We are independent & ad-supported. We may earn a commission for purchases made through our links.
Advertiser Disclosure
Our website is an independent, advertising-supported platform. We provide our content free of charge to our readers, and to keep it that way, we rely on revenue generated through advertisements and affiliate partnerships. This means that when you click on certain links on our site and make a purchase, we may earn a commission. Learn more.
How We Make Money
We sustain our operations through affiliate commissions and advertising. If you click on an affiliate link and make a purchase, we may receive a commission from the merchant at no additional cost to you. We also display advertisements on our website, which help generate revenue to support our work and keep our content free for readers. Our editorial team operates independently of our advertising and affiliate partnerships to ensure that our content remains unbiased and focused on providing you with the best information and recommendations based on thorough research and honest evaluations. To remain transparent, we’ve provided a list of our current affiliate partners here.

What is Lactational Amenorrhea?

By Lindsay Kahl
Updated Feb 13, 2024
Our promise to you
WiseGeek is dedicated to creating trustworthy, high-quality content that always prioritizes transparency, integrity, and inclusivity above all else. Our ensure that our content creation and review process includes rigorous fact-checking, evidence-based, and continual updates to ensure accuracy and reliability.

Our Promise to you

Founded in 2002, our company has been a trusted resource for readers seeking informative and engaging content. Our dedication to quality remains unwavering—and will never change. We follow a strict editorial policy, ensuring that our content is authored by highly qualified professionals and edited by subject matter experts. This guarantees that everything we publish is objective, accurate, and trustworthy.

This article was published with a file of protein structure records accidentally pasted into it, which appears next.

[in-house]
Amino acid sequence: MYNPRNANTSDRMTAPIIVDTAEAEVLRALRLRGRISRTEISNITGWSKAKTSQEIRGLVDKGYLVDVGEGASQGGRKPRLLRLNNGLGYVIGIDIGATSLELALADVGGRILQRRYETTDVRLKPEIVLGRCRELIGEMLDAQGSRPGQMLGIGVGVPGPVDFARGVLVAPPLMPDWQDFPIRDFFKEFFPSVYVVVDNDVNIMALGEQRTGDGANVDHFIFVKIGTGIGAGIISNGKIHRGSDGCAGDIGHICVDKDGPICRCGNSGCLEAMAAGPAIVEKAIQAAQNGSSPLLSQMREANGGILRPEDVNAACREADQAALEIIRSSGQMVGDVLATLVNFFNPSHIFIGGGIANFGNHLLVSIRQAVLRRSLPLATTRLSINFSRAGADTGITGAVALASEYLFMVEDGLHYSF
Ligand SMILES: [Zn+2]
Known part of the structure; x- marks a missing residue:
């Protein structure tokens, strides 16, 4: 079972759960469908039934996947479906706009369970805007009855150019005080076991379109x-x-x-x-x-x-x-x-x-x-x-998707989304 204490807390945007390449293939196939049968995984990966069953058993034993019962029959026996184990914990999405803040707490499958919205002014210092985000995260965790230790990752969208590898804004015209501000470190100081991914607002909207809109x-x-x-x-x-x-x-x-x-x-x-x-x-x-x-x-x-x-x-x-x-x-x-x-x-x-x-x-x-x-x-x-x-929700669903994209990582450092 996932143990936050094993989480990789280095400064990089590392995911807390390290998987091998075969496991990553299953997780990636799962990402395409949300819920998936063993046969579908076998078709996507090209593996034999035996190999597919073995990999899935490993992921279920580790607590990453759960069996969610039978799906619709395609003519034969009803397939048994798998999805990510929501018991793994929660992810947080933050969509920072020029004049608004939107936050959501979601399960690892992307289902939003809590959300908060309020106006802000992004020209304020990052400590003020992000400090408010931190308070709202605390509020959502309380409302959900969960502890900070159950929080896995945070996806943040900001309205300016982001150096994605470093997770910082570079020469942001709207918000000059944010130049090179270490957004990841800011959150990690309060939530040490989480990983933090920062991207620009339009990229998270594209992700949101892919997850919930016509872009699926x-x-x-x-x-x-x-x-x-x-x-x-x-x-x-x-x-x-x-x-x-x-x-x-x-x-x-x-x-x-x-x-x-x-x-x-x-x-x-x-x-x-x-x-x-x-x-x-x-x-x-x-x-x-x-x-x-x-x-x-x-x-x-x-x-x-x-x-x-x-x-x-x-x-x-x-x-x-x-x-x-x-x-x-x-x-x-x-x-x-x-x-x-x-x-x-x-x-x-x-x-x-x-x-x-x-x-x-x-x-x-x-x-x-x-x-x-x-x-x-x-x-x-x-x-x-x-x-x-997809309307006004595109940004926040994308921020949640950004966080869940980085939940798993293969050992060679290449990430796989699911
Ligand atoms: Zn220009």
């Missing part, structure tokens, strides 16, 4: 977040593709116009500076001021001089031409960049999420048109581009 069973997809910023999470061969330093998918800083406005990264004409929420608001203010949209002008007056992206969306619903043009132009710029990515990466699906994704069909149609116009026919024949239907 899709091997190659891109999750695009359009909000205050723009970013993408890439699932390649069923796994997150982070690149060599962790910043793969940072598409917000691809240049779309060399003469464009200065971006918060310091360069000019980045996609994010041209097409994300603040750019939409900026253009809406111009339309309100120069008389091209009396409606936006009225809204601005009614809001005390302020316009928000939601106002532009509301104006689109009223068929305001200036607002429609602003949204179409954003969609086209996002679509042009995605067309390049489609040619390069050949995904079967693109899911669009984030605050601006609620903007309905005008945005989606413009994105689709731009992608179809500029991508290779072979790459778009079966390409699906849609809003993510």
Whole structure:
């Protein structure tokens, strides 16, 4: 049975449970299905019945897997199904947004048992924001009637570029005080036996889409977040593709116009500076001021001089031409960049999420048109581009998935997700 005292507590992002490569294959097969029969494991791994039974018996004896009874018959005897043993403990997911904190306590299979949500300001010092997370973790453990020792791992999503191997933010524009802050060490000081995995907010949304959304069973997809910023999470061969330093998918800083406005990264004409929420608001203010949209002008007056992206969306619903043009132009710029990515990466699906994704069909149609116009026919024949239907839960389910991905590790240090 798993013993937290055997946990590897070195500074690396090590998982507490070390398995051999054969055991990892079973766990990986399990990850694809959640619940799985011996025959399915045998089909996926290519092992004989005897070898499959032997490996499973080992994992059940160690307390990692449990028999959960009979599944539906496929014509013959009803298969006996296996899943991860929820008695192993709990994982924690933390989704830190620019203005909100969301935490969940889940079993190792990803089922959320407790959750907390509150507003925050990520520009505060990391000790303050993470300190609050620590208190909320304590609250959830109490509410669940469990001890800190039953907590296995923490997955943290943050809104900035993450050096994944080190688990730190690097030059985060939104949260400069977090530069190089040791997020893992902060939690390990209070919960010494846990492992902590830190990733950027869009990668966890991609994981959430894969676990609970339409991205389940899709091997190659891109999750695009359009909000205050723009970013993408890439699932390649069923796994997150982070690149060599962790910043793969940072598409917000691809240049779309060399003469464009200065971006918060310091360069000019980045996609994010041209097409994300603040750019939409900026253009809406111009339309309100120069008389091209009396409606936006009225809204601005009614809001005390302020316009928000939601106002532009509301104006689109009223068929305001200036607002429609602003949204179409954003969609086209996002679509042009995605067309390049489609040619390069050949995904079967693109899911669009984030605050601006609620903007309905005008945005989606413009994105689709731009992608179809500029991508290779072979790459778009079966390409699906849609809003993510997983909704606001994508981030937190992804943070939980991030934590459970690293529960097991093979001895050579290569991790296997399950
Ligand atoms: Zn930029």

Over the years, we've refined our approach to cover a wide range of topics, providing readers with reliable and practical advice to enhance their knowledge and skills. That's why millions of readers turn to us each year. Join us in celebrating the joy of learning, guided by standards you can trust.

Editorial Standards

At WiseGeek, we are committed to creating content that you can trust. Our editorial process is designed to ensure that every piece of content we publish is accurate, reliable, and informative.

Our team of experienced writers and editors follows a strict set of guidelines to ensure the highest quality content. We conduct thorough research, fact-check all information, and rely on credible sources to back up our claims. Our content is reviewed by subject-matter experts to ensure accuracy and clarity.

We believe in transparency and maintain editorial independence from our advertisers. Our team does not receive direct compensation from advertisers, allowing us to create unbiased content that prioritizes your interests.